Pre-fermentation of malt whisky wort using Lactobacillus plantarum and its influence on new-make spirit character

Struan Reid, R. Alex Speers, Nik Willoughby, William Lumsden, Dawn Louise Maskell

Research output: Contribution to journalArticlepeer-review

6 Citations (Scopus)
203 Downloads (Pure)


Distillery fermentations are non-sterile, which allow bacterial communities to flourish, typically towards the end of fermentation. The effect of beginning the bacterial fermentation at the start of fermentation was investigated. Wort was treated for 48 h using a commercial strain of Lactobacillus plantarum followed by fermentation using a distilling strain of Saccharomyces cerevisiae. The treated wash showed a substantial increase in lactic, acetic and succinic acids Sensory analysis determined that the spirit produced with bacterial treatment were significantly different (p < 0.05) and chemical analysis demonstrated an increase in the production of ethyl acetate. These results show that pre-treatment using species of Lactobacillus could be utilised to alter the quality of new-make spirit in a distillery. By using bacterial cultures present in the surroundings or raw materials, distillers could allow naturally occurring or commercially available microflora to be added thus enhancing flavour development during fermentation and producing different spirit characters.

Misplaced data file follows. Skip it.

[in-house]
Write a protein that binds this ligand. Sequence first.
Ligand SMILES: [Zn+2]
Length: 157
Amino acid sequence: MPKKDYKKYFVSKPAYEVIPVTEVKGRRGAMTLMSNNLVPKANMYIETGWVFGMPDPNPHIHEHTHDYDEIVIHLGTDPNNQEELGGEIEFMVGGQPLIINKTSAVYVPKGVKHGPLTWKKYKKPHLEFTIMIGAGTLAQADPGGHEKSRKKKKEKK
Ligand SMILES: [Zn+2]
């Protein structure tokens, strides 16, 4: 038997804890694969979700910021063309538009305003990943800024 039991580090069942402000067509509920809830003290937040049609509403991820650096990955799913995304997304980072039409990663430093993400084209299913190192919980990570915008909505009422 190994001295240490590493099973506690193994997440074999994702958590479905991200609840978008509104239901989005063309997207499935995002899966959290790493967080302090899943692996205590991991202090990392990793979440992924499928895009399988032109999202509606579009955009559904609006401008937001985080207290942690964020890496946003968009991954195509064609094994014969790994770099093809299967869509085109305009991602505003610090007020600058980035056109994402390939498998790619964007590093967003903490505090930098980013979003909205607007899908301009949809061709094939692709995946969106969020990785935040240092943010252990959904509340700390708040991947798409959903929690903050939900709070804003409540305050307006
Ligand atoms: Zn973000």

Original languageEnglish
Article number126605
JournalFood Chemistry
Early online date12 Mar 2020
Publication statusPublished - 1 Aug 2020


  • Bacteria
  • Fermentation
  • Lactobacillus plantarum
  • Organic acids
  • Whisky

ASJC Scopus subject areas

  • Analytical Chemistry
  • Food Science


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